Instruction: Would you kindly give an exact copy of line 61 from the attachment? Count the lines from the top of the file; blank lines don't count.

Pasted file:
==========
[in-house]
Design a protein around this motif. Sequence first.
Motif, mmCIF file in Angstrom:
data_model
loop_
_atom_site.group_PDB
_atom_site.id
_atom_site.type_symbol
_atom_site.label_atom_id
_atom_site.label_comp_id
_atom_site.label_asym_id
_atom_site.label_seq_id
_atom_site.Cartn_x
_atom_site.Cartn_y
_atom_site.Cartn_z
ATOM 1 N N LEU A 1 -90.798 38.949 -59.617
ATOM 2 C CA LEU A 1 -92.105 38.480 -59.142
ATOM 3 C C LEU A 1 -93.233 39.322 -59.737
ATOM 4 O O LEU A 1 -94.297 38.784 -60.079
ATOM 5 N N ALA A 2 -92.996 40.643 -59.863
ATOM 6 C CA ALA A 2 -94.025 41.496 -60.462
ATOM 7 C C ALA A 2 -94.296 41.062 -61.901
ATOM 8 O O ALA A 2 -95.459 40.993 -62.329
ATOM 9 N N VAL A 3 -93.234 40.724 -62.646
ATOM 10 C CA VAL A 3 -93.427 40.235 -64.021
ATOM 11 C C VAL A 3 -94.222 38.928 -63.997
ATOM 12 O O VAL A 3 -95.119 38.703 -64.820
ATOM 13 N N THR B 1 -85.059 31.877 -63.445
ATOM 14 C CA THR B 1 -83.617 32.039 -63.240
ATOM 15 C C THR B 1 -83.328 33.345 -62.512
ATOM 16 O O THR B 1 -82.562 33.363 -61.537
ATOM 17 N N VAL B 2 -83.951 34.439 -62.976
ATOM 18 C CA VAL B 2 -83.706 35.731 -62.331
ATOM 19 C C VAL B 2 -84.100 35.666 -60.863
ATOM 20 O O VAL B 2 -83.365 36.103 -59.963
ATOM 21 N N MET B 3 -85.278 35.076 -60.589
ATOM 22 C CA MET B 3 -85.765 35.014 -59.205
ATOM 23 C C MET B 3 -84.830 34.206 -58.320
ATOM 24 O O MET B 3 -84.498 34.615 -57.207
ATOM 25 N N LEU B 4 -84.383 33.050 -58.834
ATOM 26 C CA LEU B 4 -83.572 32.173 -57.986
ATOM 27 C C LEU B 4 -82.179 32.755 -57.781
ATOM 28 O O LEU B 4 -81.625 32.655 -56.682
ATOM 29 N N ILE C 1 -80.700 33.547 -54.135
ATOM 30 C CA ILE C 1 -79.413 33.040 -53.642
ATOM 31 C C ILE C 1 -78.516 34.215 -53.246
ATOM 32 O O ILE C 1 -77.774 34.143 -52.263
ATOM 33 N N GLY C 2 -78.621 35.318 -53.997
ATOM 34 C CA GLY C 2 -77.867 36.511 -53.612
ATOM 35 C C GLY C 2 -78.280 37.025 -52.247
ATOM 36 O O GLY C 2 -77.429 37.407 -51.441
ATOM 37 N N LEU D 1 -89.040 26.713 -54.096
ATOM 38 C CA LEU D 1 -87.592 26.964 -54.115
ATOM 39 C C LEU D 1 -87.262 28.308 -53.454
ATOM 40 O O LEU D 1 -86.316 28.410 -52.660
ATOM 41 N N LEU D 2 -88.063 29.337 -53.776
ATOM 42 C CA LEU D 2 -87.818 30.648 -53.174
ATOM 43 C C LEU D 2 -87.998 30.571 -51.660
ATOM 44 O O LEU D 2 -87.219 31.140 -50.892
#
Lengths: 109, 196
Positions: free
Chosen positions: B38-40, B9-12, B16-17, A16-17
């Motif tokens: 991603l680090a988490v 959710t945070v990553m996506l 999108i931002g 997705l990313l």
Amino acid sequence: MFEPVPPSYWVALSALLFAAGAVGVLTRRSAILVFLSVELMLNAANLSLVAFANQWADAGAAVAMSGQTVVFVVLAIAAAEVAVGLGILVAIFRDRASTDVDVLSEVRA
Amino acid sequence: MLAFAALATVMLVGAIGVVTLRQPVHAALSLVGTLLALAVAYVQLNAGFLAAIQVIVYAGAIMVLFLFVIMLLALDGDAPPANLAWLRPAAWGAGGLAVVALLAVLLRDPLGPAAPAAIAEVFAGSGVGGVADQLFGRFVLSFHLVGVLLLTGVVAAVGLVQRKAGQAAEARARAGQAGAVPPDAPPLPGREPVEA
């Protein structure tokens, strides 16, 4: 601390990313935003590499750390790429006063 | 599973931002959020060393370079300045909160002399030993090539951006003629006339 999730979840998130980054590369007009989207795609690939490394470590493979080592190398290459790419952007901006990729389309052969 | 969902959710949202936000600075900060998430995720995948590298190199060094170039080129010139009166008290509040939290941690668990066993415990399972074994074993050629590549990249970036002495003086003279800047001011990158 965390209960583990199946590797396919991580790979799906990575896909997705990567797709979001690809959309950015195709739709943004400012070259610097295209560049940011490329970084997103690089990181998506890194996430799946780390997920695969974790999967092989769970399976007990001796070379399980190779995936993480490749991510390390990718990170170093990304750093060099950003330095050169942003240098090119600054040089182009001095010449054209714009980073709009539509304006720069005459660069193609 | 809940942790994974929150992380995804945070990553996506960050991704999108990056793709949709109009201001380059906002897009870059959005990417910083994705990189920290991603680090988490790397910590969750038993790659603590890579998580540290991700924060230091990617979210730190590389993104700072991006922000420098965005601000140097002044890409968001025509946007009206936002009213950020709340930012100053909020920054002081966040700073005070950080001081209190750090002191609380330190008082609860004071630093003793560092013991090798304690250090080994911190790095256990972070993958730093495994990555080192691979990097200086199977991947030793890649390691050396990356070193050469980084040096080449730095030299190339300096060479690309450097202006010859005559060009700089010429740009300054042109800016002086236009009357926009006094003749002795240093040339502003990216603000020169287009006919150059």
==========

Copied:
Lengths: 109, 196